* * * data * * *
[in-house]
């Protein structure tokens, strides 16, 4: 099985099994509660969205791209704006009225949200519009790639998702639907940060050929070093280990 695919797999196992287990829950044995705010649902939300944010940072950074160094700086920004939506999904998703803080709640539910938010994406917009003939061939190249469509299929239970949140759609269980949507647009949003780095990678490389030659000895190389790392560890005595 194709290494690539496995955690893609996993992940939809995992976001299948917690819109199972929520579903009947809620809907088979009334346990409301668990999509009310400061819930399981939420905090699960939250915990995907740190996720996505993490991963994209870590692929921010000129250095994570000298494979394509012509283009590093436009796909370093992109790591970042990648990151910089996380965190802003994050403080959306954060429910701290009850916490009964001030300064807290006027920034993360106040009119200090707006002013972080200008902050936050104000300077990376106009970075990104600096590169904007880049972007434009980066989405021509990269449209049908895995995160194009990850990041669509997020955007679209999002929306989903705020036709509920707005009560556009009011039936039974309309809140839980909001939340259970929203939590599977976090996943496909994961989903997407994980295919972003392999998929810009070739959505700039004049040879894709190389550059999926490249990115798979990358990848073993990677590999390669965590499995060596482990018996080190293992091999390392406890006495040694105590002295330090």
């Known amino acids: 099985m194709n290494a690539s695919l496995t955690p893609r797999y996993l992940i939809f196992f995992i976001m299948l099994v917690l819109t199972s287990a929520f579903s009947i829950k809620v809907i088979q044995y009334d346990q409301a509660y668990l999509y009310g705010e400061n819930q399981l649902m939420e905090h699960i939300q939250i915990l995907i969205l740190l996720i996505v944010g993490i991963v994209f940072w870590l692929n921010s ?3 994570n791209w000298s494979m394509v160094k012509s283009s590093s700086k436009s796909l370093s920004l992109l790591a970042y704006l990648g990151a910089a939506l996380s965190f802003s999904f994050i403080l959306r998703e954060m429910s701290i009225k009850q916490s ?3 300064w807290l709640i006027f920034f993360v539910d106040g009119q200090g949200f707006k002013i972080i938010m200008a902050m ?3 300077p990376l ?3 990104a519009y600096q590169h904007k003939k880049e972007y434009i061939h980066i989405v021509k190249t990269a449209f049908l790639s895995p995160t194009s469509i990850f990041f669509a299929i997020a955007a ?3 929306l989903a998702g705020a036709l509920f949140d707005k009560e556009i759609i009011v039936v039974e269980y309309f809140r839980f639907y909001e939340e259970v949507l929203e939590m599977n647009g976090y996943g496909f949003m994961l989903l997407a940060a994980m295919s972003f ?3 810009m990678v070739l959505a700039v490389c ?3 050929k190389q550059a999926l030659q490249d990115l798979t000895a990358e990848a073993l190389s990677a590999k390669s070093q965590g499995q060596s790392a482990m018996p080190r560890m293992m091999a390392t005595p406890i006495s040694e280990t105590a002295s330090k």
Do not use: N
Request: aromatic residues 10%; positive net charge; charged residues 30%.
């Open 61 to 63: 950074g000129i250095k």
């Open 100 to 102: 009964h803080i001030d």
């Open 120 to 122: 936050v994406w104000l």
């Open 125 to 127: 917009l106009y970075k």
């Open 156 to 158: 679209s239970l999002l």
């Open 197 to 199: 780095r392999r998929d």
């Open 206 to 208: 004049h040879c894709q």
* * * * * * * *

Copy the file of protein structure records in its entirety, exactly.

[in-house]
């Protein structure tokens, strides 16, 4: 099985099994509660969205791209704006009225949200519009790639998702639907940060050929070093280990 695919797999196992287990829950044995705010649902939300944010940072950074160094700086920004939506999904998703803080709640539910938010994406917009003939061939190249469509299929239970949140759609269980949507647009949003780095990678490389030659000895190389790392560890005595 194709290494690539496995955690893609996993992940939809995992976001299948917690819109199972929520579903009947809620809907088979009334346990409301668990999509009310400061819930399981939420905090699960939250915990995907740190996720996505993490991963994209870590692929921010000129250095994570000298494979394509012509283009590093436009796909370093992109790591970042990648990151910089996380965190802003994050403080959306954060429910701290009850916490009964001030300064807290006027920034993360106040009119200090707006002013972080200008902050936050104000300077990376106009970075990104600096590169904007880049972007434009980066989405021509990269449209049908895995995160194009990850990041669509997020955007679209999002929306989903705020036709509920707005009560556009009011039936039974309309809140839980909001939340259970929203939590599977976090996943496909994961989903997407994980295919972003392999998929810009070739959505700039004049040879894709190389550059999926490249990115798979990358990848073993990677590999390669965590499995060596482990018996080190293992091999390392406890006495040694105590002295330090």
């Known amino acids: 099985m194709n290494a690539s695919l496995t955690p893609r797999y996993l992940i939809f196992f995992i976001m299948l099994v917690l819109t199972s287990a929520f579903s009947i829950k809620v809907i088979q044995y009334d346990q409301a509660y668990l999509y009310g705010e400061n819930q399981l649902m939420e905090h699960i939300q939250i915990l995907i969205l740190l996720i996505v944010g993490i991963v994209f940072w870590l692929n921010s ?3 994570n791209w000298s494979m394509v160094k012509s283009s590093s700086k436009s796909l370093s920004l992109l790591a970042y704006l990648g990151a910089a939506l996380s965190f802003s999904f994050i403080l959306r998703e954060m429910s701290i009225k009850q916490s ?3 300064w807290l709640i006027f920034f993360v539910d106040g009119q200090g949200f707006k002013i972080i938010m200008a902050m ?3 300077p990376l ?3 990104a519009y600096q590169h904007k003939k880049e972007y434009i061939h980066i989405v021509k190249t990269a449209f049908l790639s895995p995160t194009s469509i990850f990041f669509a299929i997020a955007a ?3 929306l989903a998702g705020a036709l509920f949140d707005k009560e556009i759609i009011v039936v039974e269980y309309f809140r839980f639907y909001e939340e259970v949507l929203e939590m599977n647009g976090y996943g496909f949003m994961l989903l997407a940060a994980m295919s972003f ?3 810009m990678v070739l959505a700039v490389c ?3 050929k190389q550059a999926l030659q490249d990115l798979t000895a990358e990848a073993l190389s990677a590999k390669s070093q965590g499995q060596s790392a482990m018996p080190r560890m293992m091999a390392t005595p406890i006495s040694e280990t105590a002295s330090k």
Do not use: N
Request: aromatic residues 10%; positive net charge; charged residues 30%.
């Open 61 to 63: 950074g000129i250095k």
């Open 100 to 102: 009964h803080i001030d």
């Open 120 to 122: 936050v994406w104000l």
């Open 125 to 127: 917009l106009y970075k």
């Open 156 to 158: 679209s239970l999002l």
């Open 197 to 199: 780095r392999r998929d």
């Open 206 to 208: 004049h040879c894709q």